• £1.2bnVAT generated

  • 70% estimated theatre workforce who are freelance

Source: UK Theatre

And the economic impact could be huge, Mr Bird argues.

"What you see on-stage is the product of many companies: the suppliers of sound, lighting, video technology, wig-makers, costumes - and that's a microcosm."

"We have our own ecosystem in the theatre world", which fits into a wider supply chain. It's estimated theatre generates more than £1.2bn in VAT for the Treasury from ticket sales, as well as related coach trips, hotel bookings and meals in restaurants.

Mr Bird is confident, though, that the show will go on, despite the last year being "incredibly difficult".

And the industry may face a shake-up on its return, due to a focus on the Black Lives Matter movement, as well as a "realisation a lot of people who make up the industry are self-employed or freelance," he says.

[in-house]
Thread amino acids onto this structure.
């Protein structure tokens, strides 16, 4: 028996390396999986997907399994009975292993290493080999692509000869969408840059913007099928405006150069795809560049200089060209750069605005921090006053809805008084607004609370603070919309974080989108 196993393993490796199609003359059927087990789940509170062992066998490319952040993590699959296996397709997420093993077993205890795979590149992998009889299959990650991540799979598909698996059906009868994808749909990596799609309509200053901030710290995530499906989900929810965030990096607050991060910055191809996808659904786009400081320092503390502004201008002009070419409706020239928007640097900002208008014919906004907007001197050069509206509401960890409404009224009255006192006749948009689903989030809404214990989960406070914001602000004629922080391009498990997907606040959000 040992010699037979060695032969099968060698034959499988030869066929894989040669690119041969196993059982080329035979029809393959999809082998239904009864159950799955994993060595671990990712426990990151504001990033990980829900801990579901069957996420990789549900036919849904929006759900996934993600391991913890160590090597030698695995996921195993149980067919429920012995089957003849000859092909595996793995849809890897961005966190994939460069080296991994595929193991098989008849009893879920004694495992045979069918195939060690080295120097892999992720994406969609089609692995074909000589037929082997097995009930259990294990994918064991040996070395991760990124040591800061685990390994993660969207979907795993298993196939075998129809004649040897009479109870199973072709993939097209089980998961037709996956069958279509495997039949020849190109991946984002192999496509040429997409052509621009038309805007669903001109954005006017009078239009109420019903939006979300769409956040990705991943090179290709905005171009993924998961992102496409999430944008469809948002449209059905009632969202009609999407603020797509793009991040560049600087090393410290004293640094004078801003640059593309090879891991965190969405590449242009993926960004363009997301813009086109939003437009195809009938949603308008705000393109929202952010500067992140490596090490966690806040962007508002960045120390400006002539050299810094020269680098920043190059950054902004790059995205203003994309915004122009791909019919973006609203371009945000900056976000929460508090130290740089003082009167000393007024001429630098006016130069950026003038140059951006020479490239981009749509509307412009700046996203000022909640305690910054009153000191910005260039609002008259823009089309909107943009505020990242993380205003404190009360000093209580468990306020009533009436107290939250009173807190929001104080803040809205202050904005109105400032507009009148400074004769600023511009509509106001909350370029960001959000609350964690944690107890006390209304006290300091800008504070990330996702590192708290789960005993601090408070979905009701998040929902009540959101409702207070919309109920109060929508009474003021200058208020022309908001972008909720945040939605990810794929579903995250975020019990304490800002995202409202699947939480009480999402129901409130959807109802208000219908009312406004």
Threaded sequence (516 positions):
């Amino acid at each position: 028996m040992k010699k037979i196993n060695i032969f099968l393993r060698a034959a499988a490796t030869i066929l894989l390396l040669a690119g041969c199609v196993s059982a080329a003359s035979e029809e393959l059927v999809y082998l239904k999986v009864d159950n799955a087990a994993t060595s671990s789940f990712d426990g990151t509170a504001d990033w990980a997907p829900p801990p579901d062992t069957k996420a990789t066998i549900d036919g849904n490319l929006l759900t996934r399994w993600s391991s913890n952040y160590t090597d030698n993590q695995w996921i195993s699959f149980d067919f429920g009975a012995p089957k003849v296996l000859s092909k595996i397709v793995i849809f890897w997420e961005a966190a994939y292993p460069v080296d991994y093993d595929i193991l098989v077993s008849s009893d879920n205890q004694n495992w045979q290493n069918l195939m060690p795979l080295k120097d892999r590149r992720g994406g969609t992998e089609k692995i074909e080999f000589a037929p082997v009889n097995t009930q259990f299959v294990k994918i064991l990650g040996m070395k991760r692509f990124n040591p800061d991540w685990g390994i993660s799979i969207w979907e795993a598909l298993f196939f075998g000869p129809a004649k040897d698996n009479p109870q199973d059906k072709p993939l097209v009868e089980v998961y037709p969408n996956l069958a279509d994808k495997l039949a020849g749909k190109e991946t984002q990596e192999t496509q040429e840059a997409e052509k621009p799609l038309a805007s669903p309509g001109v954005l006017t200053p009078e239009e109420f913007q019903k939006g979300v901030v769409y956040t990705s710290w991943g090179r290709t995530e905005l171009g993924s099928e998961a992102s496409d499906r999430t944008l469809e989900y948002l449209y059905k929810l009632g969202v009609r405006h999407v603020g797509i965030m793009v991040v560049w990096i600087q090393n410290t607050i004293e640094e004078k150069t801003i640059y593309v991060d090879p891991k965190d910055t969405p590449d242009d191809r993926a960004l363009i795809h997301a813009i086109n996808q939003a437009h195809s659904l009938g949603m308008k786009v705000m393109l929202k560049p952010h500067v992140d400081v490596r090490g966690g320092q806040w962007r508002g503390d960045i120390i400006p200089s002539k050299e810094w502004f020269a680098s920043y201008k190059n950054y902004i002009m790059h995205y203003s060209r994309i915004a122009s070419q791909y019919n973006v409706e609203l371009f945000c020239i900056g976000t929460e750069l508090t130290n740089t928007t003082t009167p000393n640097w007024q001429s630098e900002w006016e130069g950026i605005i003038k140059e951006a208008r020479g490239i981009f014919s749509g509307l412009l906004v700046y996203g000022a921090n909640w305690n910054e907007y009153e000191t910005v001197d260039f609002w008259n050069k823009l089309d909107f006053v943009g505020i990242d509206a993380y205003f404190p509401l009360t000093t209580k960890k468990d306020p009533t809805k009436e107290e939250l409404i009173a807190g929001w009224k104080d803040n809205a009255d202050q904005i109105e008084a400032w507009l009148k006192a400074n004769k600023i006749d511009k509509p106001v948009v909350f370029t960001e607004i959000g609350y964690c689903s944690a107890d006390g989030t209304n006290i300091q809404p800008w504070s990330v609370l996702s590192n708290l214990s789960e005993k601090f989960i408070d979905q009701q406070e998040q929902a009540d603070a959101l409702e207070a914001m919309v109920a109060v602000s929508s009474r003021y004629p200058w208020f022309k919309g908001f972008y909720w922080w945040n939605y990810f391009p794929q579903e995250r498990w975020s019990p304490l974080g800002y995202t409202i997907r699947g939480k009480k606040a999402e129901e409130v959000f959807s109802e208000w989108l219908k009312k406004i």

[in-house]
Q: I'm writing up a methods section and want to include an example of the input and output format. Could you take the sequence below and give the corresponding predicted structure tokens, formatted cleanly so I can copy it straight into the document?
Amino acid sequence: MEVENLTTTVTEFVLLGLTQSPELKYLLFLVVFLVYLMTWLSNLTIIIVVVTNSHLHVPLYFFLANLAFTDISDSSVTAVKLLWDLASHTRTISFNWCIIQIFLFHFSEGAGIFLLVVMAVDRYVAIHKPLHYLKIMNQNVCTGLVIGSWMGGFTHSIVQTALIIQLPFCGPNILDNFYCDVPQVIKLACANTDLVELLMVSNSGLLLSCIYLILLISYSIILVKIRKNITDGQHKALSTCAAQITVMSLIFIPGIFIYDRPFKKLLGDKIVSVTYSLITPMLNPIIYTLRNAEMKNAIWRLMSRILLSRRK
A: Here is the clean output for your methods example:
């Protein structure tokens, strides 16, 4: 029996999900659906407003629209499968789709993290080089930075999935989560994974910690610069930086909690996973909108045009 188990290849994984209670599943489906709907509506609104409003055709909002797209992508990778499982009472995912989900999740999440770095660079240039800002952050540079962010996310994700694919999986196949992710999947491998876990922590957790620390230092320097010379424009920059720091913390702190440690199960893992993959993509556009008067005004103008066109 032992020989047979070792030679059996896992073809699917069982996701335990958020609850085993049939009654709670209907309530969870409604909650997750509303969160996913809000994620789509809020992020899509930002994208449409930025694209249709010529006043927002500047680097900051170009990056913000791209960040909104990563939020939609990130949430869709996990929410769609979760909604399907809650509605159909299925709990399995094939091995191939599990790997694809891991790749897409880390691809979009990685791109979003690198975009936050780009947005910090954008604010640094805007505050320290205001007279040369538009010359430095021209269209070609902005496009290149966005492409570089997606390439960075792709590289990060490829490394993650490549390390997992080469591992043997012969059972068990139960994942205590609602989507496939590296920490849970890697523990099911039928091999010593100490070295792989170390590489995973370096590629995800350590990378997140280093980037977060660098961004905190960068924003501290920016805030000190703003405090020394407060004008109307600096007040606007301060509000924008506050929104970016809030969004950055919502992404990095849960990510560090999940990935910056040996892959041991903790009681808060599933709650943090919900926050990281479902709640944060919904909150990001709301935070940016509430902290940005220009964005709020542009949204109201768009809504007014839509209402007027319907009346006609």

'I want the industry to come back - for good'

Alice Fearn watched the government coronavirus briefing on her phone as she travelled on the bus to the Phoenix Theatre in London's West End.

Last 16 March, the actress from South London was just five weeks into a year-long contract playing a lead role in the musical Come From Away.

Having seen that Broadway shows were forced to shut the week before, "that made me think we were next," she says.

Image source, Craig Sugden
Image caption,
Alice Fearn was playing Captain Beverley Bass in Come From Away when theatres were shut down one year ago